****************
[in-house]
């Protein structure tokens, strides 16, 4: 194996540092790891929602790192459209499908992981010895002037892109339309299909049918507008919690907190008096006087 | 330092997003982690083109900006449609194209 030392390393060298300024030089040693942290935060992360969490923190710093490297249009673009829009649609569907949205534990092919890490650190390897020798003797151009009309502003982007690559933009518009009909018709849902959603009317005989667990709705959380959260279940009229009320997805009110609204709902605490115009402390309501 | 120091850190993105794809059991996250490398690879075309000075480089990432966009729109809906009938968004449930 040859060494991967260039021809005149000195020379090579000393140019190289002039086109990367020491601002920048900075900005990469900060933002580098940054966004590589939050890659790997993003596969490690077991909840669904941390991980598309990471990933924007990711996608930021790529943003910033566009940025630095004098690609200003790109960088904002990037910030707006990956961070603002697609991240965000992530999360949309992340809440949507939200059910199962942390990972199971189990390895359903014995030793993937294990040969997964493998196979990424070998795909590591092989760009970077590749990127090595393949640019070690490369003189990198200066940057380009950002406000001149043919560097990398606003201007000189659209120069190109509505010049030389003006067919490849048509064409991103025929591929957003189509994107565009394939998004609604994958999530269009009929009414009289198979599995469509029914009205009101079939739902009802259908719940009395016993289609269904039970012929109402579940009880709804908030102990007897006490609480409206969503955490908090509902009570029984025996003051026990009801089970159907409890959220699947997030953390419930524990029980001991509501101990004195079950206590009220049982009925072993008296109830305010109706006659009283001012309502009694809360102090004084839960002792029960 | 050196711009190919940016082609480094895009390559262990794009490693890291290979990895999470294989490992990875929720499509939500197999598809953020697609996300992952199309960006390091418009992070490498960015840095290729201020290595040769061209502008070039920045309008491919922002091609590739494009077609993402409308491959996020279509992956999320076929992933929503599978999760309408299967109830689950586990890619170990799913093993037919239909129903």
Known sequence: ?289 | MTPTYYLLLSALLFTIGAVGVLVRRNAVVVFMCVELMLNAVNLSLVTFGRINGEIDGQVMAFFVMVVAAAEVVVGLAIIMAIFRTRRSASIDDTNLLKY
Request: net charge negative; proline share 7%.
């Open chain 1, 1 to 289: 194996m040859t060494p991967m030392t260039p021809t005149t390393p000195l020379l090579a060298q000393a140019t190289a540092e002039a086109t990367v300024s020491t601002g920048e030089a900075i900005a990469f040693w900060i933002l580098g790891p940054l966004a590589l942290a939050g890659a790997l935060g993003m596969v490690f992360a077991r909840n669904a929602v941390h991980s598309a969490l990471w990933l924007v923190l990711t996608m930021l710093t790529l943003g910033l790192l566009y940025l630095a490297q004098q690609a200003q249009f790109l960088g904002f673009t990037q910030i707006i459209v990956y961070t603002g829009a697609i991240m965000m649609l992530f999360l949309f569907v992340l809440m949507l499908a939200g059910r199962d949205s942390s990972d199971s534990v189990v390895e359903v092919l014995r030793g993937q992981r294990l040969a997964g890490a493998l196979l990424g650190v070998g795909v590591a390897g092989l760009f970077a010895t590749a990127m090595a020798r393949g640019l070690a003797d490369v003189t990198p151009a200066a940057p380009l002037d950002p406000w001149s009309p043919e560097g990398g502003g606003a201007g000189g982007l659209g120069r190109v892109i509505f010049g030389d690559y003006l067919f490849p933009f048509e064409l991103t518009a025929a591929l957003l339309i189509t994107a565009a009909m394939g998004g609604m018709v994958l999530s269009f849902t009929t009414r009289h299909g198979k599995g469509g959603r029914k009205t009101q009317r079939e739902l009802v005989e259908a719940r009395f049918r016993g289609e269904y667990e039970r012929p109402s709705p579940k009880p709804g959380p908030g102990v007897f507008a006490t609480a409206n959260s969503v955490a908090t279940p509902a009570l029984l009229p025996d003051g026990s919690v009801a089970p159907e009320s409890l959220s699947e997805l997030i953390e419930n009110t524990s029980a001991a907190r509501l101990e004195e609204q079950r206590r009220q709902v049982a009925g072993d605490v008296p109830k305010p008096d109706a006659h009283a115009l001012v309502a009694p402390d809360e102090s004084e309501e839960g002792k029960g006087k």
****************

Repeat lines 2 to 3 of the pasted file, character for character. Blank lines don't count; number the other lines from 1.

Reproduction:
């Protein structure tokens, strides 16, 4: 194996540092790891929602790192459209499908992981010895002037892109339309299909049918507008919690907190008096006087 | 330092997003982690083109900006449609194209 030392390393060298300024030089040693942290935060992360969490923190710093490297249009673009829009649609569907949205534990092919890490650190390897020798003797151009009309502003982007690559933009518009009909018709849902959603009317005989667990709705959380959260279940009229009320997805009110609204709902605490115009402390309501 | 120091850190993105794809059991996250490398690879075309000075480089990432966009729109809906009938968004449930 040859060494991967260039021809005149000195020379090579000393140019190289002039086109990367020491601002920048900075900005990469900060933002580098940054966004590589939050890659790997993003596969490690077991909840669904941390991980598309990471990933924007990711996608930021790529943003910033566009940025630095004098690609200003790109960088904002990037910030707006990956961070603002697609991240965000992530999360949309992340809440949507939200059910199962942390990972199971189990390895359903014995030793993937294990040969997964493998196979990424070998795909590591092989760009970077590749990127090595393949640019070690490369003189990198200066940057380009950002406000001149043919560097990398606003201007000189659209120069190109509505010049030389003006067919490849048509064409991103025929591929957003189509994107565009394939998004609604994958999530269009009929009414009289198979599995469509029914009205009101079939739902009802259908719940009395016993289609269904039970012929109402579940009880709804908030102990007897006490609480409206969503955490908090509902009570029984025996003051026990009801089970159907409890959220699947997030953390419930524990029980001991509501101990004195079950206590009220049982009925072993008296109830305010109706006659009283001012309502009694809360102090004084839960002792029960 | 050196711009190919940016082609480094895009390559262990794009490693890291290979990895999470294989490992990875929720499509939500197999598809953020697609996300992952199309960006390091418009992070490498960015840095290729201020290595040769061209502008070039920045309008491919922002091609590739494009077609993402409308491959996020279509992956999320076929992933929503599978999760309408299967109830689950586990890619170990799913093993037919239909129903």
Known sequence: ?289 | MTPTYYLLLSALLFTIGAVGVLVRRNAVVVFMCVELMLNAVNLSLVTFGRINGEIDGQVMAFFVMVVAAAEVVVGLAIIMAIFRTRRSASIDDTNLLKY